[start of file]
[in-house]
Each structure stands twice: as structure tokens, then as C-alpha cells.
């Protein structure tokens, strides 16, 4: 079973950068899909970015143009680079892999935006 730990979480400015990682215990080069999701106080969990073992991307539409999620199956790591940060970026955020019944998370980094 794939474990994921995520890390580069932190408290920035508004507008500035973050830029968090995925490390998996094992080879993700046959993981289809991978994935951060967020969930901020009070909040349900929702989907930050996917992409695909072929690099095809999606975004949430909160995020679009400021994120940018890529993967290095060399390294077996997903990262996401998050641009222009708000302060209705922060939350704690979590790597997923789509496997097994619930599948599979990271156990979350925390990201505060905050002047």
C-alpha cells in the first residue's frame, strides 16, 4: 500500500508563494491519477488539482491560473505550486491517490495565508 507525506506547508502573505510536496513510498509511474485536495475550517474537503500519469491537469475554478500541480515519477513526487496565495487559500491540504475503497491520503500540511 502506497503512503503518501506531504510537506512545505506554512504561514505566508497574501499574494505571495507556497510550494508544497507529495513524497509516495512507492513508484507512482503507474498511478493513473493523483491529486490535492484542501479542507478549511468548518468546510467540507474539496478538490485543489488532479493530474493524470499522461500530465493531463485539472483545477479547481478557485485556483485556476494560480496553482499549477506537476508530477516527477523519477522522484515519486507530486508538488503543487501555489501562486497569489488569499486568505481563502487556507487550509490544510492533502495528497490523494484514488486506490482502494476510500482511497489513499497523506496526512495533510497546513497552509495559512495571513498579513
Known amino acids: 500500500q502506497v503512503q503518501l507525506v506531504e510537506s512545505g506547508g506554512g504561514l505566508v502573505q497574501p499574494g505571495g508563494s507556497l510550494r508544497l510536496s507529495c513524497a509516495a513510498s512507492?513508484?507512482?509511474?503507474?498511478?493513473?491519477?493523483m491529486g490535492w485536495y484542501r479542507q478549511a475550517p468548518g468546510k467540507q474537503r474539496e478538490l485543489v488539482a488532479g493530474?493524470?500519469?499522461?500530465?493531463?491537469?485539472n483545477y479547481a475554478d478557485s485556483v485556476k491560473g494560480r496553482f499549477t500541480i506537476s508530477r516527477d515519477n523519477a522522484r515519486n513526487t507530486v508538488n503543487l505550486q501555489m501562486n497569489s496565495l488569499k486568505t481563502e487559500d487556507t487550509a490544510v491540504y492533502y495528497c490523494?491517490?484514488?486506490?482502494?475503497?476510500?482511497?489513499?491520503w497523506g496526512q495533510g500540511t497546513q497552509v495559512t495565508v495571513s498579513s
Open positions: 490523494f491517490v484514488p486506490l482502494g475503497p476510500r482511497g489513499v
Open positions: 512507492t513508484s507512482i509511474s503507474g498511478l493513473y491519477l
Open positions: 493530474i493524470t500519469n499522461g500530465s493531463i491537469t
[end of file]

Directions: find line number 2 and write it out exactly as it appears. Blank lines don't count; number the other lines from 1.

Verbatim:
Each structure stands twice: as structure tokens, then as C-alpha cells.